Marketing leaders today are prioritizing analytics, measurement, and performance measurement. Why? According to Gartner, CMOs are feeling pressure from their CEOs to prove the value and ROI of marketing beyond just awareness and brand.
57% of CEOs are prepared to invest more in marketing, but budgets are at risk if marketers continue to prioritize measures such as awareness over ROI.
It’s time for marketing leaders to move beyond those vanity awareness metrics and move toward more prescriptive metrics that present a more holistic ROI picture and better inform marketing strategy. Vanity metrics present a surface-level understanding of what’s going on in marketing, but aren’t able to tell the full story on their own. Because of this gray area, many CEOs will then view marketing as a nice-to-have rather than a must-have in their organization, putting budgets at risk. Prescriptive marketing metrics, on the other hand, are able to tell the full story about how content and marketing activities have performed in market without any gray areas. To win the trust of CEOs and other C-suite executives, marketing leaders must be able to use these prescriptive metrics to tell this more complete story.
Both investment and customer metrics can easily transition from vanity to prescriptive metrics. Here’s how:
Marketers today typically consider investment metrics in terms of spend: how much they’ve spent on their marketing programs, and what kind of return they’re getting back. While investment metrics are often linked to digital, agency and media spend, more modern marketing organizations are getting better at measuring other types of spend like time spent on marketing activities, number of people working on marketing programs and activities, number of rework cycles, and more.
Making Investment Metrics Prescriptive
Investment metrics are still critical, and many marketing organizations still need to do a better job of measuring these to become more prescriptive. Marketers should consider how to link investment metrics like spend and resource investment with marketing attribution and mixed modeling data. With these linked data, marketing leaders can eliminate the murkiness of vanity metrics and tell a more holistic story about what exactly the investment ‘got’ in terms of returns. This enables marketers to better connect investment data with actual marketing returns.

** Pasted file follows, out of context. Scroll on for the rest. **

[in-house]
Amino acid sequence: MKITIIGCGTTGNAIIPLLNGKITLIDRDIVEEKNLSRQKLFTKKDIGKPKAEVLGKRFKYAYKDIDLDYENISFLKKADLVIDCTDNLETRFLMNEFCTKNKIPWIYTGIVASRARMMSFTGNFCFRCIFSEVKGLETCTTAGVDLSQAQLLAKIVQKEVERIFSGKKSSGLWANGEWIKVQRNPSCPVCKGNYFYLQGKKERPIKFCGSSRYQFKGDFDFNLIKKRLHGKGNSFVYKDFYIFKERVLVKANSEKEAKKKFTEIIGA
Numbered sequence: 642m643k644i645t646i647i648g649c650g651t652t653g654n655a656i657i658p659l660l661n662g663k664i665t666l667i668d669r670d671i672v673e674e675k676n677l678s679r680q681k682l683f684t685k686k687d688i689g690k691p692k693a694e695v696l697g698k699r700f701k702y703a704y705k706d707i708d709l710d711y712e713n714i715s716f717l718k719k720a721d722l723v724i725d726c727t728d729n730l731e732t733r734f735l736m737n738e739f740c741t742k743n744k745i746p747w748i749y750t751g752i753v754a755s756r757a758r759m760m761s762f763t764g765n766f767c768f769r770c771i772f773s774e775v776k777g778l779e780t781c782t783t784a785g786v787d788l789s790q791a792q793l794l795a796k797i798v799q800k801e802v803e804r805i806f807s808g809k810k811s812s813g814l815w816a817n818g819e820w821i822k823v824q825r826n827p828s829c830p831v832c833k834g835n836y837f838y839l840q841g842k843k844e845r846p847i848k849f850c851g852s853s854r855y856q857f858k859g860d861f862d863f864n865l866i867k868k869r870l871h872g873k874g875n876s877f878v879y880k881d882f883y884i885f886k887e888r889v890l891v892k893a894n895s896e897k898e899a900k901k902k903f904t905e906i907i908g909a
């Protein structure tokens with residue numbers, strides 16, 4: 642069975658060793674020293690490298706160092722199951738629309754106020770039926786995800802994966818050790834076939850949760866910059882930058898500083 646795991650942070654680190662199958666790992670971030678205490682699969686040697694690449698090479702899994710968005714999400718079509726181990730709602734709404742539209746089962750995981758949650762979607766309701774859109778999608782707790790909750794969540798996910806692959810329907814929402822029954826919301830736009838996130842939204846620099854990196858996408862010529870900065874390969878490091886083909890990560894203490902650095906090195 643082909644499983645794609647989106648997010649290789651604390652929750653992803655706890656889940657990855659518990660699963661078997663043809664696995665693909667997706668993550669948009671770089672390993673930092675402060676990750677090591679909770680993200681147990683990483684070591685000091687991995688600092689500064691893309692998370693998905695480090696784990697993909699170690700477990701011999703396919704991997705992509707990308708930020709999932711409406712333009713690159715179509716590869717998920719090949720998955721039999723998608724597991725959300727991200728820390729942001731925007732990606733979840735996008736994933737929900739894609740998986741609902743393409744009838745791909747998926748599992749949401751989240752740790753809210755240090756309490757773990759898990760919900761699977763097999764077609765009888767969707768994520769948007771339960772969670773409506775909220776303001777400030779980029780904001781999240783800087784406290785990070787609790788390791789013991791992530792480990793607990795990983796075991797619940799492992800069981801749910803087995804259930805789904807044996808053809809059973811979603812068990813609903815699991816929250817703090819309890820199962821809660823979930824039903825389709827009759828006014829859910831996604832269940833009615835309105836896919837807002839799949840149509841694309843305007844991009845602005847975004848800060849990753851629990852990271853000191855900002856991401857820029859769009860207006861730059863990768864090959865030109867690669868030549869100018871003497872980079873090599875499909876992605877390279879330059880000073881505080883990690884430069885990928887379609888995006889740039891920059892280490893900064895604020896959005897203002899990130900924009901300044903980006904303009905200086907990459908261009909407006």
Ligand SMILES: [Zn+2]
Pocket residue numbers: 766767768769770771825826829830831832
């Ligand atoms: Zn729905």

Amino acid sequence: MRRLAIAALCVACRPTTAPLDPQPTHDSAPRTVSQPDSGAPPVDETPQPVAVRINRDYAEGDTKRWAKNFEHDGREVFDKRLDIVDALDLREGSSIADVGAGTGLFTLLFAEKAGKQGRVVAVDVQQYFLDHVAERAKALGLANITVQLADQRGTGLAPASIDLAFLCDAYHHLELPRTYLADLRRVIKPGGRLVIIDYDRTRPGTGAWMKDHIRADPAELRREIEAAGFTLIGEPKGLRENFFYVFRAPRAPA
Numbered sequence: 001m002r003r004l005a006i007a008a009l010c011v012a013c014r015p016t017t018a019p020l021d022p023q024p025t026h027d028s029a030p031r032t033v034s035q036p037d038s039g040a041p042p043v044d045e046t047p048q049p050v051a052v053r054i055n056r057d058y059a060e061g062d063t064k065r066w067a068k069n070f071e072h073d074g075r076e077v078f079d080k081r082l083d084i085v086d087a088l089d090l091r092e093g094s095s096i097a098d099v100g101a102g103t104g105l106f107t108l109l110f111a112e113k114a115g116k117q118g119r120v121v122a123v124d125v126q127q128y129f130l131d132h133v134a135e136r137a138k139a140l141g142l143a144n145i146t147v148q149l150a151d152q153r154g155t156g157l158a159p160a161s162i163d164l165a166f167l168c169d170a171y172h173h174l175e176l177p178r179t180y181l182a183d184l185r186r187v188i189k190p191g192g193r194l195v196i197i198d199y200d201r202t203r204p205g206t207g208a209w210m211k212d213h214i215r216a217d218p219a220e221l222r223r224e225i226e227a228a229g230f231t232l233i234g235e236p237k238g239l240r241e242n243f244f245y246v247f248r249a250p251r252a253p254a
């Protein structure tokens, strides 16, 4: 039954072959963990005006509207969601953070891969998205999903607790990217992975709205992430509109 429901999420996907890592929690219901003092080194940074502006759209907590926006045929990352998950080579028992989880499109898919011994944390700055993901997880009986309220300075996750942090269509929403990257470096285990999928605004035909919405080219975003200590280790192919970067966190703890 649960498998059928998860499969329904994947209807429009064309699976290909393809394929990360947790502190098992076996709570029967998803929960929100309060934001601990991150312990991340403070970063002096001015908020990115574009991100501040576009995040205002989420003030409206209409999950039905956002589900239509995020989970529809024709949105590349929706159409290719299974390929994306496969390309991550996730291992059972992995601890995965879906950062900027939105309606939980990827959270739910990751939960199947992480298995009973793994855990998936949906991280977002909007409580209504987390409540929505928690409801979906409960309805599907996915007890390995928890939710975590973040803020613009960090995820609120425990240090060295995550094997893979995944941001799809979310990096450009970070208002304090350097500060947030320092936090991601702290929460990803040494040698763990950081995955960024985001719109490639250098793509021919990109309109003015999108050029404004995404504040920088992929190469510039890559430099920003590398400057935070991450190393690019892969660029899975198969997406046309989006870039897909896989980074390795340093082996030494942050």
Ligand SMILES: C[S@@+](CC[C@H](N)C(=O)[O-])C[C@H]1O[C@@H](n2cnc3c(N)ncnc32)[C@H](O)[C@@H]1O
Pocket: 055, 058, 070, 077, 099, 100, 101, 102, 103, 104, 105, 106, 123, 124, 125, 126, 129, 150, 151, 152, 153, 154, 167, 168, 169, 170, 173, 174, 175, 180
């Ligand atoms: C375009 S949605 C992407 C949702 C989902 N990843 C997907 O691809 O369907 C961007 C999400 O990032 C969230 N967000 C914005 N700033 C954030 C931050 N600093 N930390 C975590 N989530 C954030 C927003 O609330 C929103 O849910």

Customer metrics are all about evaluating what happens when we put marketing campaigns out into the market. Today, most marketing teams are basing these measurements on reach. How many eyeballs were on a piece of content? This is measured by things like views, retweets, followers, and other similar metrics. Some might get more sophisticated by doing some testing, or measuring sentiment. But generally, these metrics are limited to measuring basic awareness.
Making Customer Metrics Prescriptive
But awareness doesn’t typically help marketing teams justify investment to the C-suite. What does awareness actually do for the business? Many marketers today have already begun taking the first step to make these metrics more prescriptive: they’ve started to measure what marketing campaigns actually compel a customer to do. Are they purchasing? Churning? Advocating?
This is a step in the right direction toward making these metrics more actionable. But they could go even further with the power of AI. AI has changed the game for marketing measurement. AI can enable self-adjusting attribution or mixed modeling analysis. AI can help marketers surface new content ideas to help inform future experiences and campaigns. AI can also help marketers not only understand what has happened in the past, but also help predict future customer actions and results, which is critical when justifying funding for future marketing programs to CEOs who want to see predicted business impact. .
Use Prescriptive Metrics to Inform Marketing, Brand, and Content Strategy
This is just a start. There are many more nuanced ways that marketers can make metrics less descriptive and more prescriptive, more actionable. No matter which metrics marketers track though, all that work can amount to nothing if these metrics aren’t linked back to inform strategy—and not just overall marketing strategy, but key areas like brand strategy and content strategy. By leaving behind vanity metrics and embracing prescriptive ones, marketers can turn that C-suite pressure into true progress.